Some time back, I wrote a small utility for putting the system on standby mode, or hibernate it. I created a C++ class named CPowerState, and encapsulated all the actions needed to do this inside that class. My class is not dependent on anything else, and is not an MFC class, but you can use it in MFC applications as well as SDK applications.
Using CPowerState couldn’t be any simpler. You just construct an object of this class on the stack, and call Standby( ) or Hibernate( ) methods, and check the bool return value. Here is how to do it:
bool bSuccess = ps.Standby();
::MessageBox( NULL, TEXT("Standby operation failed."), TEXT("Error"), MB_OK | MB_ICONSTOP );
Or to hibernate the system:
bool bSuccess = ps.Hibernate();
::MessageBox( NULL, TEXT("Hibernate operation failed."), TEXT("Error"), MB_OK | MB_ICONSTOP );
That’s it. Just one very important point to consider. Both the Standby( ) and Hibernate( ) methods, if successful, will return only when the system is activated again (in case of standby) or when it’s started again (in case of hibernation), so you should only check for the false return, because your operation may succeed, but you may receive no true result. Consider this case. You hibernate the system using this class, and the next time the user turns on the power of the system, he presses F8 at system boot screen, and chooses "Delete restoration data and proceed to system boot menu" for some reason. This way, your process is terminated (as well as any other processes running when the system fell into hibernation mode) and the Hibernate( ) function will *never* return, so you will *never* get back the true result.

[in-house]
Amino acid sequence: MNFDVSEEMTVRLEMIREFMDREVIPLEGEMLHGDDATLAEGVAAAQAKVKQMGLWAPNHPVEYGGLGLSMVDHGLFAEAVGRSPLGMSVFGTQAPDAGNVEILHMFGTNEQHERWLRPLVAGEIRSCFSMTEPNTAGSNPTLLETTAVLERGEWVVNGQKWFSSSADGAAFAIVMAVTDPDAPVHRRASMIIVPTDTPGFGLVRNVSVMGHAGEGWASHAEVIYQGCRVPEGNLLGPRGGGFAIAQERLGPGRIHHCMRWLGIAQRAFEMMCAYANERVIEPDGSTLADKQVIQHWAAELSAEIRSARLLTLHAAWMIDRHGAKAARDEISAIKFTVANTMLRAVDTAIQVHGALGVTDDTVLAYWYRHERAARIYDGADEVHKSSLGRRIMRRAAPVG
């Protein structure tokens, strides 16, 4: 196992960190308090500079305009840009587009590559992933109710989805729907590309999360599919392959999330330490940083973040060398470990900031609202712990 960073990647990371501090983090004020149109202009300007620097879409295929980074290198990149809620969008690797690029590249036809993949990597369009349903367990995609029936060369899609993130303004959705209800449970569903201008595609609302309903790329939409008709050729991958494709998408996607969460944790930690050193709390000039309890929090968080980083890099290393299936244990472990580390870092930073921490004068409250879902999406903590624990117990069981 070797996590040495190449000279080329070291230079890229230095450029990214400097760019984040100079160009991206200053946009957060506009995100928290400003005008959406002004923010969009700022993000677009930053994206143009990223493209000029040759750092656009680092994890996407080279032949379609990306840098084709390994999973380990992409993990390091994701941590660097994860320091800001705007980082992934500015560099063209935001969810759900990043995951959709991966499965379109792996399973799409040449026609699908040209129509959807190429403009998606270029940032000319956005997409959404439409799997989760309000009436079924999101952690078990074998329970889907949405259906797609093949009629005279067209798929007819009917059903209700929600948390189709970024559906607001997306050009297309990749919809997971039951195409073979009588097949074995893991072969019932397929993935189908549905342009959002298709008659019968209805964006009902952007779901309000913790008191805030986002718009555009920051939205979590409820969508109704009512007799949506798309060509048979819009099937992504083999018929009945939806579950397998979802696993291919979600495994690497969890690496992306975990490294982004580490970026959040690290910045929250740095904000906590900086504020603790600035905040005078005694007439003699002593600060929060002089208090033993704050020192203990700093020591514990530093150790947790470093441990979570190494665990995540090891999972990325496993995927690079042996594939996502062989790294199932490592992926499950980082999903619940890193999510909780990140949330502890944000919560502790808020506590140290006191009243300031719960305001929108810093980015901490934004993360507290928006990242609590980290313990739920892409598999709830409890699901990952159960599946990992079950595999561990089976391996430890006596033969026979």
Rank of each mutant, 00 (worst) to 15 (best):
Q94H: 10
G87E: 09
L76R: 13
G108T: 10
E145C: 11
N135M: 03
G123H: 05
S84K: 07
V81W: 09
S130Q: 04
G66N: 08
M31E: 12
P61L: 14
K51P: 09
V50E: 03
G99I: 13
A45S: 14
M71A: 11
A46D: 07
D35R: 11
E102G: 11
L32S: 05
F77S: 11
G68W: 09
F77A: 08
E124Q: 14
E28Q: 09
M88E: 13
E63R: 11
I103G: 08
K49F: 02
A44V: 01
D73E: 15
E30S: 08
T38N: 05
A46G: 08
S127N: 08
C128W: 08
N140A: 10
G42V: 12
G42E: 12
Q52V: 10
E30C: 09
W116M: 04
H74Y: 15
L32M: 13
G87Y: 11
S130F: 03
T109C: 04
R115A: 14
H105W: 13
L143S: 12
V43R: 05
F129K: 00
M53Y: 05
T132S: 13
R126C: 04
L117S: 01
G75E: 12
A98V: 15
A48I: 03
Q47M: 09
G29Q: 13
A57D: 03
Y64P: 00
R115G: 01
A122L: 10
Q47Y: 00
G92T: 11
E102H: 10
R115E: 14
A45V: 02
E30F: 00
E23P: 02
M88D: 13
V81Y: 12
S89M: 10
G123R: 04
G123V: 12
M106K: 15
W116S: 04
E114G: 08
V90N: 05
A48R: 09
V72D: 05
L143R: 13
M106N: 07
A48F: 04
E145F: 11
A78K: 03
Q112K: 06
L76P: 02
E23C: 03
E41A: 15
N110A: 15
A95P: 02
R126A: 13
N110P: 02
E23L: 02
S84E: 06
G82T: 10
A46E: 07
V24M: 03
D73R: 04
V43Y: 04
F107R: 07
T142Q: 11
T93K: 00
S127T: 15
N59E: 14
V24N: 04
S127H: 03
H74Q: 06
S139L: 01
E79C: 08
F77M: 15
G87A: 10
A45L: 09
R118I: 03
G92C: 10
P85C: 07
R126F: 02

I’ve tested this code on Windows 2000 Professional and Windows XP Professional, and it works on both systems. Download the sample application at the bottom of the article and use PowerState.h and PowerState.cpp files in your application. Also, you can take a look at Power.cpp to see a sample of using this class.